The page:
Quality of work is only one piece of the puzzle when it comes to landing the perfect wedding photographer. Great photos aren’t worth dealing with stress or disappointment on your wedding day!
Frank Guertler of Bunn DJ Company – Richmond notes that photographers are integral to the vendor team’s success, so they need to show up accordingly. “You want a team player photographer who communicates well with your day-of coordinator, venue manager, DJ, and videographer,” he assures. “By working as a team, your photographer will be in the right place at the right time to capture your memories.”
But more than being a team player, consider whether a photographer aligns with your values. For example, if diversity and inclusion are important to you and your partner, “look through each photographer’s portfolio and pay close attention to the variety of couples,” encourages Marissa MacLeod of The Treasury on the Plaza.
MacLeod continues, posing the question: “Do you see different sizes, ethnicities, cultural backgrounds, and religions? Diversity and variety of photos can not only show that your photographer is open to representing love in all forms, but it can also indicate a higher level of versatility and experience.”
The right wedding photographer delivers high-quality results while respecting your value and ensuring your comfort throughout the planning process.
Meet with a shortlist of photographers.
Sorting through a stunning wedding gallery might have you ready to book right away, but it’s wise to meet with a few photographers before making the final decision.
“I highly recommend the couples meet with a couple of different photographers,” states Sam Nelson of EVL Events. “Not only does the couple have to like the photographer’s work, but they also have to vibe with the actual photographer. They need to get along with their personality and feel comfortable with them when shooting, or the uncomfortableness or annoyance will come out in their photos.”
Kelly Hornberger of Kelly Hornberger Photography agrees, adding, “I always recommend couples have an initial ‘interview’ or conversation with potential photographers, whether it’s in person, over the phone, or on Zoom. We tell our couples that we will be with them individually on their wedding day more than they’ll be with their future spouse, so it’s incredibly important that we take the time to make sure it’s a great fit on both sides!”
Getting face-to-face time with the person who will tap into your emotions and capture every tiny moment on your wedding day is key. Make sure you feel comfortable with this person following you around for 8+ hours!
Confirm your decision with online reviews.
Before signing a contract, be sure to double-check a photographer’s online reviews to see what others have said about their experience. After all, “There’s no better way to know how well a photographer serves their clients than by hearing it from the clients themselves!” promises Jenna Brisson of Jenna Brisson Photography.
“Reading detailed reviews of other people’s experiences with a vendor you’re interested in is a great way to round out your research,” Brisson adds. “Check out their Google reviews to see what recent clients had to say. Often, couples will mention how their wedding photographer made them feel — pay attention to that information.”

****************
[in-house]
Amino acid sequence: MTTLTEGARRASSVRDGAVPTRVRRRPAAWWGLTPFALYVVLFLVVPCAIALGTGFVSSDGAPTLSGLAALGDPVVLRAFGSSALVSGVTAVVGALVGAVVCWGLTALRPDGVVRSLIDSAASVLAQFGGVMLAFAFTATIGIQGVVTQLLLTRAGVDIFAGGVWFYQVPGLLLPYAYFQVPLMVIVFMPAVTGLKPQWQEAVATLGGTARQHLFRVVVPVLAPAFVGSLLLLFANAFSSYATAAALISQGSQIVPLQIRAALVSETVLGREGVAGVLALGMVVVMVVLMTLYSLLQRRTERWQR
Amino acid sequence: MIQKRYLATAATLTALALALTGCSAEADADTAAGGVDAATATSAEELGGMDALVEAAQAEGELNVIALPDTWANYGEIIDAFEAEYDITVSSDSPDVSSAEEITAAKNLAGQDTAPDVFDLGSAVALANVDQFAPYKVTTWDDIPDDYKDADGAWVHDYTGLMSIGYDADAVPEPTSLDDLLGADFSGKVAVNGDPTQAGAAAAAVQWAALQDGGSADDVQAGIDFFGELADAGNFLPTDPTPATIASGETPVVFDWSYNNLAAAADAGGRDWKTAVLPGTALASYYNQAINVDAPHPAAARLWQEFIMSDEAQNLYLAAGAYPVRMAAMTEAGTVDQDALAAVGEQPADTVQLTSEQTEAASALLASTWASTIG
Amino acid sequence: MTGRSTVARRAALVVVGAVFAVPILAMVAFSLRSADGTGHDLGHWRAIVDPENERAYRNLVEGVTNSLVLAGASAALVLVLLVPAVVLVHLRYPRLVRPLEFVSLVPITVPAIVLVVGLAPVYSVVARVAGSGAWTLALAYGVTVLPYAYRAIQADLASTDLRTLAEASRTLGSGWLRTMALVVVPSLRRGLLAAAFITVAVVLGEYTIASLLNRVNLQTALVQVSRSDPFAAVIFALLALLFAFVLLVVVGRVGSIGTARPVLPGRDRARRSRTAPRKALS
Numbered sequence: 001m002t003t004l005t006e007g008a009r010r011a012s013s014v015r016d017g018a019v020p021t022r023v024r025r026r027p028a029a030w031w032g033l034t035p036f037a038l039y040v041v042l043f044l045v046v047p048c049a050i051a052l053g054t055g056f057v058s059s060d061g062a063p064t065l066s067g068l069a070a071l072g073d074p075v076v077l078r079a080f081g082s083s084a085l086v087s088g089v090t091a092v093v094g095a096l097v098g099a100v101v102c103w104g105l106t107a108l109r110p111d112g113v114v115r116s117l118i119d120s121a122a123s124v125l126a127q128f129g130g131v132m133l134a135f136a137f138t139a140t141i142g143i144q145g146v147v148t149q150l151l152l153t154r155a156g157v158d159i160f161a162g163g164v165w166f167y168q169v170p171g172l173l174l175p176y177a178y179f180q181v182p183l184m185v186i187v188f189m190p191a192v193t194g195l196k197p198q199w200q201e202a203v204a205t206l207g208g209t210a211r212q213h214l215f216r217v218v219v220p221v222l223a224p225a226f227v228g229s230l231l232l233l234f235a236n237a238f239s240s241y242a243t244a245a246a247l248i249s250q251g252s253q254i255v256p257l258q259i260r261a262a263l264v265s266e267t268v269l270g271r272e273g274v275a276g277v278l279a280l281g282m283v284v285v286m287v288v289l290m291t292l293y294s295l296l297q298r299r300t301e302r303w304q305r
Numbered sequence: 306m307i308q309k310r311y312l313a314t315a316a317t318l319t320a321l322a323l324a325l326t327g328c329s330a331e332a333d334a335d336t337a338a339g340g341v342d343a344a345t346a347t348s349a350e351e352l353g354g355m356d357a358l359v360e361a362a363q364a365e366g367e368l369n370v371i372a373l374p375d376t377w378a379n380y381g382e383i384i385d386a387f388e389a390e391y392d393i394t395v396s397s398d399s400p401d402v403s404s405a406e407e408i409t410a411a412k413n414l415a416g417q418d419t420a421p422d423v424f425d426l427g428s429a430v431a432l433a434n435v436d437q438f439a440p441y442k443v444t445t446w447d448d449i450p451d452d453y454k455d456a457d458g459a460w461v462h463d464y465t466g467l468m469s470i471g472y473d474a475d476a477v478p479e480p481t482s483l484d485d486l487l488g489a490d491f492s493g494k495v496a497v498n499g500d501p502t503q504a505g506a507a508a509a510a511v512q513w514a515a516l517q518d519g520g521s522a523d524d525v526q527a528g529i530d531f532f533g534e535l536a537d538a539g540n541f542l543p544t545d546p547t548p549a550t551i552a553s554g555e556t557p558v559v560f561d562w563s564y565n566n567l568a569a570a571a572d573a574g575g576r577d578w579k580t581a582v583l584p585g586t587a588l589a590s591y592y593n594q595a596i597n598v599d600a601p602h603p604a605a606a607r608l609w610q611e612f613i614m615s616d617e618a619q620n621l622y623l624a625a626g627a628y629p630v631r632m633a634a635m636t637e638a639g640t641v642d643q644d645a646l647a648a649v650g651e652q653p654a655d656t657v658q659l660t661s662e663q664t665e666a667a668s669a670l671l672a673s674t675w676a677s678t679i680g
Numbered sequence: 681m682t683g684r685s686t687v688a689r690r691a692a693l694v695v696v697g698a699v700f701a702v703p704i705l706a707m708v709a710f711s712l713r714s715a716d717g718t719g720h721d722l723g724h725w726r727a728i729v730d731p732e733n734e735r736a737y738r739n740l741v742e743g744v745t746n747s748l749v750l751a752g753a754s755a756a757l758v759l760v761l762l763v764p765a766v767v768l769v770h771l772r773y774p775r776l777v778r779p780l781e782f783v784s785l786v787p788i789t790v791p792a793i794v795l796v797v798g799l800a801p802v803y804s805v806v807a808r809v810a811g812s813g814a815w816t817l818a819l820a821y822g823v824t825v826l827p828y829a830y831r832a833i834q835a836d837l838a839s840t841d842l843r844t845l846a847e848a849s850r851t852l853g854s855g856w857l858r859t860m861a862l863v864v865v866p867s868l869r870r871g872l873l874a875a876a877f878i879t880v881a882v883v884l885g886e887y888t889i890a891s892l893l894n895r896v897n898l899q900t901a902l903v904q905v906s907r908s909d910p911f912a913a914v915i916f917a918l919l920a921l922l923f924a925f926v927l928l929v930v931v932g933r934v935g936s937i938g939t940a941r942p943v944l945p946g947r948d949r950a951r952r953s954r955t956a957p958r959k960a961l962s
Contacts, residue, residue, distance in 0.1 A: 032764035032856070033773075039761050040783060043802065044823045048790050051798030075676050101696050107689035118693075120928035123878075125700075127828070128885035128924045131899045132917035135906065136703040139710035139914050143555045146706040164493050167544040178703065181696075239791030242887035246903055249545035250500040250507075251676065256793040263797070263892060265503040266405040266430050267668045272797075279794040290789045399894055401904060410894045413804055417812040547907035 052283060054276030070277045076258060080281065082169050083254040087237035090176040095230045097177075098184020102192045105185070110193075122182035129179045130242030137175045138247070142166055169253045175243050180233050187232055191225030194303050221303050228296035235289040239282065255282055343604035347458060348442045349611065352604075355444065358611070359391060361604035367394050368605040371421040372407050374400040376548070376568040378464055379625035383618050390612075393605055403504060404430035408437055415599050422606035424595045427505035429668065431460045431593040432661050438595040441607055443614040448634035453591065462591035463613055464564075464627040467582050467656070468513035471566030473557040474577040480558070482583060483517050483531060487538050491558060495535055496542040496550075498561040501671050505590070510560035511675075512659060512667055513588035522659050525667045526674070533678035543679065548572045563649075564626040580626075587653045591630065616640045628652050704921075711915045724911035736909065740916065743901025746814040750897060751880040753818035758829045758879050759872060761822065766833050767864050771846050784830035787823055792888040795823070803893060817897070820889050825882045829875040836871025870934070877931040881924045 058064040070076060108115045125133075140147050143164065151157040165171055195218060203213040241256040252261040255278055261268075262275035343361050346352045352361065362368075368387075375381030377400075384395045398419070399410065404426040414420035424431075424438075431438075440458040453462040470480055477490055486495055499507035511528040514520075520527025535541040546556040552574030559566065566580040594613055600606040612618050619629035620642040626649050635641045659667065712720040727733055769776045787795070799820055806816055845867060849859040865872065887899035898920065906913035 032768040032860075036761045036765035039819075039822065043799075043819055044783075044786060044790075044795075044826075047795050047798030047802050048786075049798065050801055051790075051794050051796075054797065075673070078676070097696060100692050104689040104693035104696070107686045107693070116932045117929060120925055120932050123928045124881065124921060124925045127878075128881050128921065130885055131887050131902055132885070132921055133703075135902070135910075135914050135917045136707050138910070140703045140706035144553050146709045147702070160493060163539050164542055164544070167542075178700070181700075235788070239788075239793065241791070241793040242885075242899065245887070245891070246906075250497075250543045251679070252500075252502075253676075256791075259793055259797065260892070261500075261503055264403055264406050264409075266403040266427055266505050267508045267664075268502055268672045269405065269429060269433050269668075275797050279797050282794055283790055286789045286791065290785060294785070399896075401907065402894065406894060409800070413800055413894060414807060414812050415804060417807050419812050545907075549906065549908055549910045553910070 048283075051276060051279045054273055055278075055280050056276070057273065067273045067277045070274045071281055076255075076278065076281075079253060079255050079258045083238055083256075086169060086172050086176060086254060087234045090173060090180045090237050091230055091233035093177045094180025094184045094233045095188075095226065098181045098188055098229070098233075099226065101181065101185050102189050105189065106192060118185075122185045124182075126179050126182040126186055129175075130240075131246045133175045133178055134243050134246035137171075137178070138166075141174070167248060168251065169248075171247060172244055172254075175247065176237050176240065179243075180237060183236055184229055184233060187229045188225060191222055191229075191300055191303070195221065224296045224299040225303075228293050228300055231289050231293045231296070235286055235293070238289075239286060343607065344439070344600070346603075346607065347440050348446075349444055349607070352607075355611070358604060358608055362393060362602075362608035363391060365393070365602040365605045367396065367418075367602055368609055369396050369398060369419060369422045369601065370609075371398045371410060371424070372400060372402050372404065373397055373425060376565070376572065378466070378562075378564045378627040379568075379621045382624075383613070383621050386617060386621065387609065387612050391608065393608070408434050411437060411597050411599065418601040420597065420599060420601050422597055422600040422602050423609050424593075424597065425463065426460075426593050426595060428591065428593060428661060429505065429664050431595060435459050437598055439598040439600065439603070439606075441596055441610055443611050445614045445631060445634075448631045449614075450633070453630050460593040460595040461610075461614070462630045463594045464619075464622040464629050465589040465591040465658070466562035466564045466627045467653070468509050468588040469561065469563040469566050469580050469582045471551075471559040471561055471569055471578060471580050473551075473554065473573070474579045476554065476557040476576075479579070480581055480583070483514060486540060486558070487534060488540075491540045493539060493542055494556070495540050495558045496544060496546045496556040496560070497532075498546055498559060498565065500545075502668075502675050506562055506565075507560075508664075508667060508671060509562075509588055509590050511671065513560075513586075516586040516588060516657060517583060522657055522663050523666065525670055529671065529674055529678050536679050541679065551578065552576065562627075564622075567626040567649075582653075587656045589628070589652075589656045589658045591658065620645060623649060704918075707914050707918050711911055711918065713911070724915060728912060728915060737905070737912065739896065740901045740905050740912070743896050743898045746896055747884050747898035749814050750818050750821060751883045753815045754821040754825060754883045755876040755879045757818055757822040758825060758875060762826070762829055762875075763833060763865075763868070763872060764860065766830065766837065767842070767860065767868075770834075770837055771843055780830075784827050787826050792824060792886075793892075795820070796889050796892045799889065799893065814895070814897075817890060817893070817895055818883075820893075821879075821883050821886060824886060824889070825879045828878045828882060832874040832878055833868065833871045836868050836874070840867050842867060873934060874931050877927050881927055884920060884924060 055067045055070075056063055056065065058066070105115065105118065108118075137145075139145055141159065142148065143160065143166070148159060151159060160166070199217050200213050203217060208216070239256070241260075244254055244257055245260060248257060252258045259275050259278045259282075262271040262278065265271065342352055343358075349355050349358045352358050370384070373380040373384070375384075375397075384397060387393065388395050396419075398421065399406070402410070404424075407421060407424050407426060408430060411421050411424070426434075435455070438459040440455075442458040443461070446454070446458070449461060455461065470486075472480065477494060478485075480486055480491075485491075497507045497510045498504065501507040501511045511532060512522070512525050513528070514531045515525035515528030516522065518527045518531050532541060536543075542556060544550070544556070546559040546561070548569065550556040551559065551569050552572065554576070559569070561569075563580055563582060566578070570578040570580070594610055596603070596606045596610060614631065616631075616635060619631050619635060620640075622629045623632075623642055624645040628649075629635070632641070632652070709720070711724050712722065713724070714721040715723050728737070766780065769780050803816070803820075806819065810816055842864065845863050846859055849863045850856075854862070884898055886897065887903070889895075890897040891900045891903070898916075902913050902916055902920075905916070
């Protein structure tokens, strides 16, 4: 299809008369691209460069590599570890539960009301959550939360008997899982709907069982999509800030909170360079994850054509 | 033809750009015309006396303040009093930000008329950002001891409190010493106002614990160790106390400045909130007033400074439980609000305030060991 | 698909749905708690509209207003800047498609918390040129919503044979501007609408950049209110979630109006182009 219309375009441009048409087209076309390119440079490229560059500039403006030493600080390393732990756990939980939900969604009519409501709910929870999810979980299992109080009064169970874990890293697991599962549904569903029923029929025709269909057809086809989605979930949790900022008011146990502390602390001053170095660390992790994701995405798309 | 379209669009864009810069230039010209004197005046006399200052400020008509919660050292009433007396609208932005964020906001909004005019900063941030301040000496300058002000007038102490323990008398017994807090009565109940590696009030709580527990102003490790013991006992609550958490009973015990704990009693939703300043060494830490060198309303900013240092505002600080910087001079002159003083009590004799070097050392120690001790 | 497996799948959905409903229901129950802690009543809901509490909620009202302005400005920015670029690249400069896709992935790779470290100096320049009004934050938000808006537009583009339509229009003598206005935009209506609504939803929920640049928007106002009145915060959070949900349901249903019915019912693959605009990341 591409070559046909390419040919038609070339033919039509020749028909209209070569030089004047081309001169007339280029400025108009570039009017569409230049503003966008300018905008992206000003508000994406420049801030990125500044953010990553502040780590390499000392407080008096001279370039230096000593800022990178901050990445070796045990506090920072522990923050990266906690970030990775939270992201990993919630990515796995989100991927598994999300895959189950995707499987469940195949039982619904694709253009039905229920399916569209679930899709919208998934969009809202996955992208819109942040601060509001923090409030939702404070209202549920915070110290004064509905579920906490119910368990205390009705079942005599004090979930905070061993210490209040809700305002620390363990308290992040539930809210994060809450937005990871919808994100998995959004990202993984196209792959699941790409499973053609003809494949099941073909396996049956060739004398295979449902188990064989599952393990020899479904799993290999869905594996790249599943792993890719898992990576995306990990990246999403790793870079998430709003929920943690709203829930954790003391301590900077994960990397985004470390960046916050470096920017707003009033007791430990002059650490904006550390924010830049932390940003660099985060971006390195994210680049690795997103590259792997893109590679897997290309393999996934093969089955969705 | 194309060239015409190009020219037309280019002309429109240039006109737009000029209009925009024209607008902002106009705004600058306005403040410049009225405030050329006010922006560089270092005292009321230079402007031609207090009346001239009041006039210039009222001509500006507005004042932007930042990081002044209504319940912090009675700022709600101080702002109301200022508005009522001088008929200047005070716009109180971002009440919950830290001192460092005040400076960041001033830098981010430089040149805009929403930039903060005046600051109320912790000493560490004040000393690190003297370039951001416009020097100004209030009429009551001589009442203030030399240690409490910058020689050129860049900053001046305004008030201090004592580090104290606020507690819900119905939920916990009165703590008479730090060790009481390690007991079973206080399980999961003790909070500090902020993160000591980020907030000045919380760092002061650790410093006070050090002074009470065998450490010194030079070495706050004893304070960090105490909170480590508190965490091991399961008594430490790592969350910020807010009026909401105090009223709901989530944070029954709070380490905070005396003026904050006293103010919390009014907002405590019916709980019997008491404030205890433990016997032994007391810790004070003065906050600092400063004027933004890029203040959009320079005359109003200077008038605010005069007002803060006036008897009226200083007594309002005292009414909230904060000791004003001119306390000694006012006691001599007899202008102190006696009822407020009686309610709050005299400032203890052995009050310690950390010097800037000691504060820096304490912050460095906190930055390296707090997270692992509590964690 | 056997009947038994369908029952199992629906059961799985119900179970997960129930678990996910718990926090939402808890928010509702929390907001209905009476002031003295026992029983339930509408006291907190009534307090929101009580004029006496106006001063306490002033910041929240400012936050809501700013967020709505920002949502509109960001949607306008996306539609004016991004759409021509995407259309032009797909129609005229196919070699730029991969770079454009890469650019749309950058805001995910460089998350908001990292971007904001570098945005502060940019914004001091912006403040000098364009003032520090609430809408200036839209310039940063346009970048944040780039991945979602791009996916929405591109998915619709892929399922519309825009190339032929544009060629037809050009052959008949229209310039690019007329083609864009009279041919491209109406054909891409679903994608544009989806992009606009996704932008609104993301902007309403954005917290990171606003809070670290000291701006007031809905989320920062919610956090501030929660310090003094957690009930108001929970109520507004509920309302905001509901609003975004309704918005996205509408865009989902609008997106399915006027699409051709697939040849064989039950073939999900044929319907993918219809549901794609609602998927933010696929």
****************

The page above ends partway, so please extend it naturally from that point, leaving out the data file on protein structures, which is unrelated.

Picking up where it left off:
So while their wedding galleries may confirm the quality of their work, don’t forget to verify that other clients have had an enjoyable experience working with them!
Invest in value over everything.
There will always be vendors charging bottom-of-the-barrel rates, but hefty savings isn’t necessarily a selling point. In many cases, budget pricing comes with budget results.
“It’s important to find a wedding photographer who fits within your budget but doesn’t sacrifice quality for the price,” asserts Jacqueline Vizcaino of Tinted Event Design. “A good photographer will be able to capture the memories of your big day and provide you with beautiful photos that you’ll cherish for a lifetime.”
“So, while it’s important to save money where you can, don’t skimp on your wedding photography – it’s worth the investment,” Vizcaino confirms.
While some wedding vendors may seem more transactional—like a rental supplier or dress store—a great photographer prioritizes a meaningful working relationship. You’ll work together closely on everything from creating shot lists and day-of timelines to making grandma smile on the big day, so be sure it’s someone you can trust.
“Pay attention to how you FEEL,” urges Jennifer Sulak of Weirdo Weddings. “I will always ALWAYS recommend that you go with your gut, but also ask the hard questions and see if you reach a mutual understanding of wants and needs.”
Booking a photographer is an exciting step at the beginning of your wedding planning journey, but it’s not a decision to rush! Take your time, find your person, and trust that your vendor team will guide you in the right direction.
Meghan Ely is the owner of wedding PR and wedding marketing firm OFD Consulting. Ely is a sought-after speaker, adjunct professor in the field of public relations, and a self-professed royal wedding enthusiast.